Category Archives: Cycles

The Process is Always the Current, Purely Dynamic Process, etc. (See full title specification below.)

The process is always the current, purely dynamic process.  The analysis is purely functional, purely relational and explanatory analysis.  The theory is general and universally applicable  to concrete determinations in any Instance; The theory is a normative theory having a condition of equilibrium.

Our subheadings in this treatment are as follows:

  • Always the Current Process:
  • A Purely Dynamic Process Requiring a Dynamic Heuristic:
  • A Purely Functional Analysis:
  • A Purely Relational, Explanatory Analysis:
  • A Theory, General and Universally Applicable to Concrete Determinations in Any Instance:
  • A Normative Theory Having a Condition of Equilibrium:

Always the Current Process: Continue reading

Lonergan’s functional, analytic distinctions are prior to and more fundamental than changes in prices, interest rates, and employment

Lonergan is alone in using this difference in economic activities to specify the significant variables in his dynamic analysis… no one else considers the functional distinctions between different kinds of (production flows) prior to, and more fundamental than, … price levels and patterns, … interest and profits, and so forth….only Lonergan analyzes booms and slumps in terms of how their (explanatory) velocities, accelerations, and decelerations are or are not equilibrated in relation to the events, movements, and changes in two distinct monetary circuits of production and exchange as considered both in themselves (with circulatory, sequential dependence) and in relation to each other by means of crossover payments. [CWL 15, Editors’ Introduction, lxii]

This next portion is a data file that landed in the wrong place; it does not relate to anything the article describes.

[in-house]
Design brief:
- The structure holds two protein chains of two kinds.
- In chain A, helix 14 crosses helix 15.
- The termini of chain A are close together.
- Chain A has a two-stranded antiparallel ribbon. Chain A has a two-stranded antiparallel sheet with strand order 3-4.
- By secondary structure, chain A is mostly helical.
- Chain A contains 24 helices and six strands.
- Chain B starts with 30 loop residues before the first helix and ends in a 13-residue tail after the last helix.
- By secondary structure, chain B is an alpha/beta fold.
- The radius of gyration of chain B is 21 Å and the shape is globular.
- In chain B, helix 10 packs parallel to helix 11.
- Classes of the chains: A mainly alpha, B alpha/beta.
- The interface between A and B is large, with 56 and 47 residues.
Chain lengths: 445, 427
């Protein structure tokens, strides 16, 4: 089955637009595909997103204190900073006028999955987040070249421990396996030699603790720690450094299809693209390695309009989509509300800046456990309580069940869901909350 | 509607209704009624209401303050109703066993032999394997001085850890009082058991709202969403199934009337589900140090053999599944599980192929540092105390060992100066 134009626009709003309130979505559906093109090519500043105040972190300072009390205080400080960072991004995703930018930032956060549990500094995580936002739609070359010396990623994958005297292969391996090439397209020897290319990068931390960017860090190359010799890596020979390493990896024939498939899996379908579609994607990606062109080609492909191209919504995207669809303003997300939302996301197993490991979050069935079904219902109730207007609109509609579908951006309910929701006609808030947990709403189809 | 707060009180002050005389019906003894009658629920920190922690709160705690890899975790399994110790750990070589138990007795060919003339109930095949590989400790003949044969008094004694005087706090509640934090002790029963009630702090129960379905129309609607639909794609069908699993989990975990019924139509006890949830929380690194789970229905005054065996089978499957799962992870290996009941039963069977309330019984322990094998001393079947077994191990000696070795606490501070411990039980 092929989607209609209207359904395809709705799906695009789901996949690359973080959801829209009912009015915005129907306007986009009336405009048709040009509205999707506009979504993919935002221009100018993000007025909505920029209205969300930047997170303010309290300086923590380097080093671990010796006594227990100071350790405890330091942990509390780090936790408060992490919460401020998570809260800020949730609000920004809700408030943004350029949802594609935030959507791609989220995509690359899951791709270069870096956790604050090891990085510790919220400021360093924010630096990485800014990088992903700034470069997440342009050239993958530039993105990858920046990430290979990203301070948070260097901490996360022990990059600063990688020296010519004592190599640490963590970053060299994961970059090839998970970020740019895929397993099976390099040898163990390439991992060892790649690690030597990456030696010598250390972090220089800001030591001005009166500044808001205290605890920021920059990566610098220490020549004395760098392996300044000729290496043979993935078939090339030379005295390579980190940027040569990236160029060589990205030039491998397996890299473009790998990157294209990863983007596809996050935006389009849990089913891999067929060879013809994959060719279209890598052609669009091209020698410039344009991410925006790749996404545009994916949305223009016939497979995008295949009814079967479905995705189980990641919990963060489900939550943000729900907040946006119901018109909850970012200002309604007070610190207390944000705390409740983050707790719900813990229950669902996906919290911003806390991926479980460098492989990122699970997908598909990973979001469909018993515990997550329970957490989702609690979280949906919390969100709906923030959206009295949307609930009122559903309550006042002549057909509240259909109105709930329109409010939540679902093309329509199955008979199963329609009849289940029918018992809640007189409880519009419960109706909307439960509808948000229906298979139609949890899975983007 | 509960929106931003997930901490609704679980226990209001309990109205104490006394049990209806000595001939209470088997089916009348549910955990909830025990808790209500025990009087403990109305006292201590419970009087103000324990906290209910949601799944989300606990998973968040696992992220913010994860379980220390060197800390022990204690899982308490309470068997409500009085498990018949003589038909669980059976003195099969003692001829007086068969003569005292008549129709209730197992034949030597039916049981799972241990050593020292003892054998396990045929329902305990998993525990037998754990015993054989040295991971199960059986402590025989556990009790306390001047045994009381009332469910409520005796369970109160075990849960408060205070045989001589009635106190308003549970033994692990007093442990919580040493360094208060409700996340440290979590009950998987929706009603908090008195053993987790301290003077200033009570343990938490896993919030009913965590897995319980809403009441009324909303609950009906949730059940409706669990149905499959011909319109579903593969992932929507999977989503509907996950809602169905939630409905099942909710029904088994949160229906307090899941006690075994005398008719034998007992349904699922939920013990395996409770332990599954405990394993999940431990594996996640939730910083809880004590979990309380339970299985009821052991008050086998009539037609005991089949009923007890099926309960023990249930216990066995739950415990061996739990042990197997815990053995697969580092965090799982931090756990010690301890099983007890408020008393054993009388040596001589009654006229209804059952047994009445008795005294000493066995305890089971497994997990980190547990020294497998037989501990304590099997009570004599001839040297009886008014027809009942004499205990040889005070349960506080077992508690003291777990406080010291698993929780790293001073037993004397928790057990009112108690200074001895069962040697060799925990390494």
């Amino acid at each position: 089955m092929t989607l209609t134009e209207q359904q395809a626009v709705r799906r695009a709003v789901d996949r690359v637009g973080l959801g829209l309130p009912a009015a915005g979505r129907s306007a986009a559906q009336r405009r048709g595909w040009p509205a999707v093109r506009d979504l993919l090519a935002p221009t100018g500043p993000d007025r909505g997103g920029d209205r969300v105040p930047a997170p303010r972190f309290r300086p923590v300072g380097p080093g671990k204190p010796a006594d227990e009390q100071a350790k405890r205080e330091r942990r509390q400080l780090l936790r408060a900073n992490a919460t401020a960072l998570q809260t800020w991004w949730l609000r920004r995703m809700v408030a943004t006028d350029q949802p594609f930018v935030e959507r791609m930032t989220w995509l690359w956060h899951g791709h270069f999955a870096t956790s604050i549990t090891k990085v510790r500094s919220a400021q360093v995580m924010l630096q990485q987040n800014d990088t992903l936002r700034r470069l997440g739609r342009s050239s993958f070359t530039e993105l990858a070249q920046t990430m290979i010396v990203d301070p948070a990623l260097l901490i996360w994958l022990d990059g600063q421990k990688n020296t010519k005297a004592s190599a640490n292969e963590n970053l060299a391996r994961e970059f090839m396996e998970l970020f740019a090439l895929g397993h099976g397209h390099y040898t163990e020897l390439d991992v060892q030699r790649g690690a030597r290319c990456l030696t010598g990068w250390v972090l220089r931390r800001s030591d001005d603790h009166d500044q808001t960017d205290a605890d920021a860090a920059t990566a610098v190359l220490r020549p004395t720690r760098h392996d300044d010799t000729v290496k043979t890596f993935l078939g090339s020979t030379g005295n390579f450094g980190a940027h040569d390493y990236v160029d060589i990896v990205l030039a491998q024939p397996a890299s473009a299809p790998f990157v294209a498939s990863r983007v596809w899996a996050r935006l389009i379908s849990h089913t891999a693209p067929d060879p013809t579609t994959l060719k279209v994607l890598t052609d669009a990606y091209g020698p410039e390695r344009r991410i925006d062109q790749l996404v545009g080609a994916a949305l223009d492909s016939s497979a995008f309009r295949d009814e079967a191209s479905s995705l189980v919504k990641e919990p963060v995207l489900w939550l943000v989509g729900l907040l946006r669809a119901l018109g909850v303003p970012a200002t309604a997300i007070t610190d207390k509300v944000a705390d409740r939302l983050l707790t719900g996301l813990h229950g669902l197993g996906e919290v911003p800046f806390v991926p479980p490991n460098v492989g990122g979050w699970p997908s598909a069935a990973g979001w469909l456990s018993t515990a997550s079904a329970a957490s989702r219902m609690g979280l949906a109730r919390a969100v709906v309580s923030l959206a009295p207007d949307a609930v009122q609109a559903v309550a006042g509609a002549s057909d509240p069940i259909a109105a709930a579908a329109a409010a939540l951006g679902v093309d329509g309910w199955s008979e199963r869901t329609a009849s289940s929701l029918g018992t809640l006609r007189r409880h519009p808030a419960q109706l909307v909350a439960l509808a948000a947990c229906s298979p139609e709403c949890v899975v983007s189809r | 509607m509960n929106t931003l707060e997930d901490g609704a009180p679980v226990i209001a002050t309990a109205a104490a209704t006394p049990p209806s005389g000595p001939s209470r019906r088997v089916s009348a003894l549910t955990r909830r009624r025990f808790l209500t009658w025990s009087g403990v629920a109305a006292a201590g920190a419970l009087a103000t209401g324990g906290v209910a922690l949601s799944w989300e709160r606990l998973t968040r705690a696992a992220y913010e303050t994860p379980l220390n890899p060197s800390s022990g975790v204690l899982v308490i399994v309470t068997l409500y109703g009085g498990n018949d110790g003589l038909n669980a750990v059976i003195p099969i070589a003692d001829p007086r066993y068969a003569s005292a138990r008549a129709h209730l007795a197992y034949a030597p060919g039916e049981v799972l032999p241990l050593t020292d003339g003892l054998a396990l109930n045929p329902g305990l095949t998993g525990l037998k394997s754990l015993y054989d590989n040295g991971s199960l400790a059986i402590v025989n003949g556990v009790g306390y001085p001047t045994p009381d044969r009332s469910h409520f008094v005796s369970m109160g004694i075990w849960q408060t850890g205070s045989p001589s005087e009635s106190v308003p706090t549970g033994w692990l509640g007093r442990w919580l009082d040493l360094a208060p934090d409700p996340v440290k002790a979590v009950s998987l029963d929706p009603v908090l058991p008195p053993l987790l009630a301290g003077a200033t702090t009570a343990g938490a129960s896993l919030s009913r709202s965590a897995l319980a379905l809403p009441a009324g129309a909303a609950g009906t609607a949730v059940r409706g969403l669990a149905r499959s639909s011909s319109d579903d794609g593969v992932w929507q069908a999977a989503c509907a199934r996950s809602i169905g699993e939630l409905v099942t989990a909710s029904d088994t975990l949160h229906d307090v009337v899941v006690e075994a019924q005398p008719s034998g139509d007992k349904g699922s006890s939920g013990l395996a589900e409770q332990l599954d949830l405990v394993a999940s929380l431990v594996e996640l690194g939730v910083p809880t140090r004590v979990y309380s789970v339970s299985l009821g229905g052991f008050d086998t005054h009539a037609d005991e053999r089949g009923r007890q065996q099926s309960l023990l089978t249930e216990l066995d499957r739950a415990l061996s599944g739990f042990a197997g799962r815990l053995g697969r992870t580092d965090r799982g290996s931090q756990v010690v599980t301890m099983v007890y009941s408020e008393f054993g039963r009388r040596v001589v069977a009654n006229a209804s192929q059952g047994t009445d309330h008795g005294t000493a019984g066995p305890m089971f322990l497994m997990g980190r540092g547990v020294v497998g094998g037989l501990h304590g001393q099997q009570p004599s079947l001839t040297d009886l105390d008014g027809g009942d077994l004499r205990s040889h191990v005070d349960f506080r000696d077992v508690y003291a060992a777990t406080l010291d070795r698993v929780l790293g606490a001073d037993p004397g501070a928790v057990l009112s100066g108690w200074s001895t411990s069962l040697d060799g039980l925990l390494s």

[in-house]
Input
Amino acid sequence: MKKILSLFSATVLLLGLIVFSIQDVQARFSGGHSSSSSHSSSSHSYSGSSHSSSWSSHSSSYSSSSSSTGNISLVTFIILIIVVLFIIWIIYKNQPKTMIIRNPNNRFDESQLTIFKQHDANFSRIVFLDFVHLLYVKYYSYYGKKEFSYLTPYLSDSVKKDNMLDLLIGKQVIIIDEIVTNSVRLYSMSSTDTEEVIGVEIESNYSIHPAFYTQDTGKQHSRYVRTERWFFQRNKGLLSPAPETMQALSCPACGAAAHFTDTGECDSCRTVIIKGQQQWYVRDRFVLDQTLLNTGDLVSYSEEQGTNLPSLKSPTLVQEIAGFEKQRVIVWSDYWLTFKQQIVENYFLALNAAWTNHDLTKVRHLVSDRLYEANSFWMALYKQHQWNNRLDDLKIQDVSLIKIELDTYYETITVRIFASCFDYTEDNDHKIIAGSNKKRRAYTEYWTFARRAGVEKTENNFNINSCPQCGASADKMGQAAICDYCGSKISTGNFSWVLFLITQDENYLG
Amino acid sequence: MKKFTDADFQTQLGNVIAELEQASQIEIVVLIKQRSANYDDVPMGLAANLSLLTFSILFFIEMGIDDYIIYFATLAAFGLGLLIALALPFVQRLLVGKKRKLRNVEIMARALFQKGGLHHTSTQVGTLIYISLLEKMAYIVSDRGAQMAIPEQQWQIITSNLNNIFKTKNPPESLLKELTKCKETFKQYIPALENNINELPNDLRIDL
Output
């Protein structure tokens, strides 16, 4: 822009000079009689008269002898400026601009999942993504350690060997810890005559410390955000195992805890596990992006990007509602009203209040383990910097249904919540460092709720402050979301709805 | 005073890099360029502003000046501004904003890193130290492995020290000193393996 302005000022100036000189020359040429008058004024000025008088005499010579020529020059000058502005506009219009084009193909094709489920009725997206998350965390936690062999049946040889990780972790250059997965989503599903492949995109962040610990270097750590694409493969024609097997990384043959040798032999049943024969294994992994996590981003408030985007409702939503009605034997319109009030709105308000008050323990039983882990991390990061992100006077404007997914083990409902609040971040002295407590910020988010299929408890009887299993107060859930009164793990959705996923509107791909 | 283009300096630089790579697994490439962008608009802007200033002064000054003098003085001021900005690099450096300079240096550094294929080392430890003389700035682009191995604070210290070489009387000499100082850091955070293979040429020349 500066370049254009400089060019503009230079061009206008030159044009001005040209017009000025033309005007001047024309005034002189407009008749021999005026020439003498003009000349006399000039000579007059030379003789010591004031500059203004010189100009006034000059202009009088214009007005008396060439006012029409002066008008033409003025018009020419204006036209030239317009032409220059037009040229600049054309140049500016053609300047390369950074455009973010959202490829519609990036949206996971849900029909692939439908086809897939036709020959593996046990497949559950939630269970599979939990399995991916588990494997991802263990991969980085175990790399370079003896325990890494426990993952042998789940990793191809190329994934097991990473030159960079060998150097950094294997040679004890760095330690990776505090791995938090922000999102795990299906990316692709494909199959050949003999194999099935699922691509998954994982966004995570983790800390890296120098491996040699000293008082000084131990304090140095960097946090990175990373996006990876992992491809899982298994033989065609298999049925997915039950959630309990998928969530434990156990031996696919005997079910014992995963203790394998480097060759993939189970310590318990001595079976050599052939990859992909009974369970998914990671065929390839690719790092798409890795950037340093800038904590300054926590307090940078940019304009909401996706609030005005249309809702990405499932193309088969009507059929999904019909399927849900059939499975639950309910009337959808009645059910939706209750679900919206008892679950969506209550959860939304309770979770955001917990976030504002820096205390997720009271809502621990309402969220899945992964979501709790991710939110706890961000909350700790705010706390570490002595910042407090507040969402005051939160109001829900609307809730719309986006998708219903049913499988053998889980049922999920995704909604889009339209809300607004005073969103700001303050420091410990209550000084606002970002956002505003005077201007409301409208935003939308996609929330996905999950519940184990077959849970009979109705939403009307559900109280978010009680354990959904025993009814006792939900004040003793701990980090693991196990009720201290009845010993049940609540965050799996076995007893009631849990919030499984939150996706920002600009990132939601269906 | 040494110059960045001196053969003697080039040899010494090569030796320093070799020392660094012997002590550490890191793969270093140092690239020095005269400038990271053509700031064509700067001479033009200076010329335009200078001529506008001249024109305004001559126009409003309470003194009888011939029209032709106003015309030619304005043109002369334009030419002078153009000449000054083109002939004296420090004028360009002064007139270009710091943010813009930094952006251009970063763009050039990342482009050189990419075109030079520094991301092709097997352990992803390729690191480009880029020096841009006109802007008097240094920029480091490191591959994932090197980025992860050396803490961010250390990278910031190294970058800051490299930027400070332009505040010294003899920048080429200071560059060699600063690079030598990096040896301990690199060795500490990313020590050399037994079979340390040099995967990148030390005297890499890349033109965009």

The Intrinsic Cyclicality of the Productive Process

The economy is composed of the production of two conceptually distinct, mutually-definitive types of goods.  Depending on the context they may be named

  • basic goods or surplus goods,
  • consumer goods or producer goods,
  • accelerated goods or accelerator goods,
  • point-to-point goods or point-to-line goods.

An expansion of the surplus production function causes a later acceleration of the basic production function.  First one surge, then later the other surge.  Note the symbols for time (t) and (t-a) in the following formula, “the lagged technical accelerator.” (continue reading)

kn[f’n(t-a)-Bn] = f”n-1(t) – An-1        CWL 15, p. 37